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To some, construction projects may seem like something simple and straightforward. Alas, this is a mistake that only an outsider can make. With so many tasks to be completed consecutively and many different subcontractors working towards the same goal, running these projects successfully is as difficult as it gets.

There are so many potential delays, disputes, and expensive mistakes for anyone to sleep soundly while the project is ongoing. Not to mention that it’s an innately hazardous industry, which makes things even more complex.

With all of this in mind and without further ado, here are some of the most important construction management tips to help you enhance the efficiency of the project.

Stick to Three-Point Estimation Method

The first thing you need to do is to make an estimate that you’ll base your plans on. One of the ways to approach this is a three-point estimate method. Here, you’re supposed to make an:

  • Optimistic
  • Pessimistic
  • Most likely estimate

The reason why this is so important is that the majority of people make an optimistic estimate, but things never work out this way. Whenever there’s something that deviates from the plan it’s almost never for the better.

Just think about the unplanned eventualities regarding potential work days:

  • How likely is it that you’ll have more rainy days than you expected? Very likely!
  • How likely is it that an extra work day will just materialize itself out of nowhere? Completely impossible! Even having no bad days is highly unlikely.

Now that we have this out of the way, let’s check out the situation regarding materials:

  • How likely is it that the materials you receive will have faulty items or that your team might mishandle (for instance, drop) some of them? Very likely!
  • How likely is it that you’ll receive more than you’ve ordered? Nearly impossible!
  • Is it possible that not a single plank, brick, or shingle gets mishandled or damaged? Not really!

In other words, while there is this thing known as positivity bias, where you expect things to just magically work out for the best, this is not going to happen. What you’re fixating on is the third point – the most likely estimate. The reason why you’re spending so much time on optimistic and pessimistic estimates is so that you can create a strong reference point.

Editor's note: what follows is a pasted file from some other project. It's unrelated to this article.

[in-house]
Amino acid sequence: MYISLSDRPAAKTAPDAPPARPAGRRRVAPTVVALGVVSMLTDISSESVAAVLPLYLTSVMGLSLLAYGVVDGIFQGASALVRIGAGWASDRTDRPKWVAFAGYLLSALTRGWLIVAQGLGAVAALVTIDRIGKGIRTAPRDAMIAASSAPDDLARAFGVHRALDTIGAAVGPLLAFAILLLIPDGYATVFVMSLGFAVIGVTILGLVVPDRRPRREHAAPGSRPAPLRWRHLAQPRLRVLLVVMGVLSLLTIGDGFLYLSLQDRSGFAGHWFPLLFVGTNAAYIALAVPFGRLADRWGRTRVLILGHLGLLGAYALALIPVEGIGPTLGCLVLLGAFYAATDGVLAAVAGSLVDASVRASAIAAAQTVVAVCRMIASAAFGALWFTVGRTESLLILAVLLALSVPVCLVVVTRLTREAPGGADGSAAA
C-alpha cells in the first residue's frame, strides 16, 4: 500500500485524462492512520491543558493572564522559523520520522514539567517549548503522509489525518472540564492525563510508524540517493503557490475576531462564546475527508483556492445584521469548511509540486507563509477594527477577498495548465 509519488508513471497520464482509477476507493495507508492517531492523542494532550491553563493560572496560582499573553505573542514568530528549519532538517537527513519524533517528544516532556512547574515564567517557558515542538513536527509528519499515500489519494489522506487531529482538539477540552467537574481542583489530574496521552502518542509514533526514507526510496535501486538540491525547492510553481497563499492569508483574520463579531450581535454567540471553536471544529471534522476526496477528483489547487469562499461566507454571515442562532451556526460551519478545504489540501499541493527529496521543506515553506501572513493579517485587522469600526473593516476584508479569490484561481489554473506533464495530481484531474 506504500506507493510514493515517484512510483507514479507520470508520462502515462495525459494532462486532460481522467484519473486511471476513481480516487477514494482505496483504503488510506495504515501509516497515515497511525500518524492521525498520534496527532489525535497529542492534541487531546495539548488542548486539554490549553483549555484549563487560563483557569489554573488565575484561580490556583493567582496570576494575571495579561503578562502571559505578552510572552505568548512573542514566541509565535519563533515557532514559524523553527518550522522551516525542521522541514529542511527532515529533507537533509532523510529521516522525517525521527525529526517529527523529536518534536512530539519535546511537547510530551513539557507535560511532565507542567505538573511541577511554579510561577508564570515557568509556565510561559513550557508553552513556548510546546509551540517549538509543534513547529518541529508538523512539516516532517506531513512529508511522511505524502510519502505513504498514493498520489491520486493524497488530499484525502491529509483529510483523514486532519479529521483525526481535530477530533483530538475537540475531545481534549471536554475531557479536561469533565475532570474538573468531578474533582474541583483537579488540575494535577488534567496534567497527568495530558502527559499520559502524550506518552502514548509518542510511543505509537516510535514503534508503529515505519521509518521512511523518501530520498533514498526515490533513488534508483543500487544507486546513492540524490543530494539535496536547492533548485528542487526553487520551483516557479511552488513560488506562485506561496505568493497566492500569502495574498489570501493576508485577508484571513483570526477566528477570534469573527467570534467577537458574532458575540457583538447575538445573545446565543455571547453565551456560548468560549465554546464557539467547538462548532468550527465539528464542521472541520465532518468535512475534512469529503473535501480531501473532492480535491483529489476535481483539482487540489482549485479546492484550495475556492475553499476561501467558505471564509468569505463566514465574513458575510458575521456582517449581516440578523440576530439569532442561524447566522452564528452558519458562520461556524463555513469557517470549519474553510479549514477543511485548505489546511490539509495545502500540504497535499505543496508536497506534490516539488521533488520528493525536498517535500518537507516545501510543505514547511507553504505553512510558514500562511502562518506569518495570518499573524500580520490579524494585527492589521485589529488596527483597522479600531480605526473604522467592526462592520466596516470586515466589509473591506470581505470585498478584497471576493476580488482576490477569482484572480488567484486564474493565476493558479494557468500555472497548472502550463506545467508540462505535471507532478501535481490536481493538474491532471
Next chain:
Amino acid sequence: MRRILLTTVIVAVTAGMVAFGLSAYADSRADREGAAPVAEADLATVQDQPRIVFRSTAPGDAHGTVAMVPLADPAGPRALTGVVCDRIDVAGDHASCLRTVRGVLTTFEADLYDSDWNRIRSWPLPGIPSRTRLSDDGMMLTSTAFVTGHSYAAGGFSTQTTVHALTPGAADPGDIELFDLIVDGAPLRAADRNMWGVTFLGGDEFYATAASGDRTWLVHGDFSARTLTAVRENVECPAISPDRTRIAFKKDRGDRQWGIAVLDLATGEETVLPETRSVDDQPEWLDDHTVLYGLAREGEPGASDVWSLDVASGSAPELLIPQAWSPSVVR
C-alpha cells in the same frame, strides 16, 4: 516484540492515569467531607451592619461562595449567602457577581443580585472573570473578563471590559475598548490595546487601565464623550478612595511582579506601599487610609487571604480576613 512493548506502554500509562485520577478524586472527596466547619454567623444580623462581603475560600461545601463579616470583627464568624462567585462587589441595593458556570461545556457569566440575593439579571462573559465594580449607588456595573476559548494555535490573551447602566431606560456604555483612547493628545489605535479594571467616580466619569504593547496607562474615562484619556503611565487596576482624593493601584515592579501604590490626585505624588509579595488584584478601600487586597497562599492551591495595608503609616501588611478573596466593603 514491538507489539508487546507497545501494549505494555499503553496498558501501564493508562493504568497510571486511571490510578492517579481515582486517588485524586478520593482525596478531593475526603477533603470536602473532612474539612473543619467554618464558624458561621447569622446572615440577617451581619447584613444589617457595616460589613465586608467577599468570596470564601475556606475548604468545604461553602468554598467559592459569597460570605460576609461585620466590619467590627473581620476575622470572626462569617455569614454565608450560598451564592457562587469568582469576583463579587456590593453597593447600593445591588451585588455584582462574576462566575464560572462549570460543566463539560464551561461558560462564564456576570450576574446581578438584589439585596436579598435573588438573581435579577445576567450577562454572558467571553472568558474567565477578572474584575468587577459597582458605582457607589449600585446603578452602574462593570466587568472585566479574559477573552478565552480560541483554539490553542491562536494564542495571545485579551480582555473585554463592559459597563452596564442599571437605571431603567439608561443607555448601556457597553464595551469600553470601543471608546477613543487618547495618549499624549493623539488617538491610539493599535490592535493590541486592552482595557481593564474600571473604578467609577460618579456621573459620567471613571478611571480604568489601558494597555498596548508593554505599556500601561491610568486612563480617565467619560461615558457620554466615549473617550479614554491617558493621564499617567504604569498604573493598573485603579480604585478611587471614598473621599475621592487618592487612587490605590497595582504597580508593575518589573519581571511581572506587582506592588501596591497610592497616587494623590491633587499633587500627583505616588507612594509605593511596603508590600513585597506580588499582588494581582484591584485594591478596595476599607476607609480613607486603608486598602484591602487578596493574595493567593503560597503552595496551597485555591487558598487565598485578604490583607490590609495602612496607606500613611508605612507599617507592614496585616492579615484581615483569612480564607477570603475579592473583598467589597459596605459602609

Also, from the budgeting and timeline perspectives, the pessimistic estimate gives you a chance to prepare for the worst-case scenario and have a contingency plan.

Keep Track of Your Budget

The next thing you need to focus on is your budget. The main reason why construction projects fail is due to the fact that they’ve run out of finances. This brings us back to the previous section and a scenario in which one has failed to take into account the pessimistic estimate.

Without enough money, you can’t keep paying your team, ordering new supplies, hiring more equipment, or even performing maintenance on the tools that you already have. Budgeting is probably the most important objective of construction management.

The reason why this is so challenging is due to the fact that there are many stages of the construction project, each coming with its own set of costs. For instance, in the pre-construction, you have to factor in the costs of:

  • Architectural consultants
  • Taxes
  • Insurances
  • Land surveys

Then, there are the fixed expenses like:

  • Land preparation
  • Demolishing pre-existing buildings
  • Labor costs (although this will differ according to the number of working hours)
  • Cost of materials
  • Subcontractor fees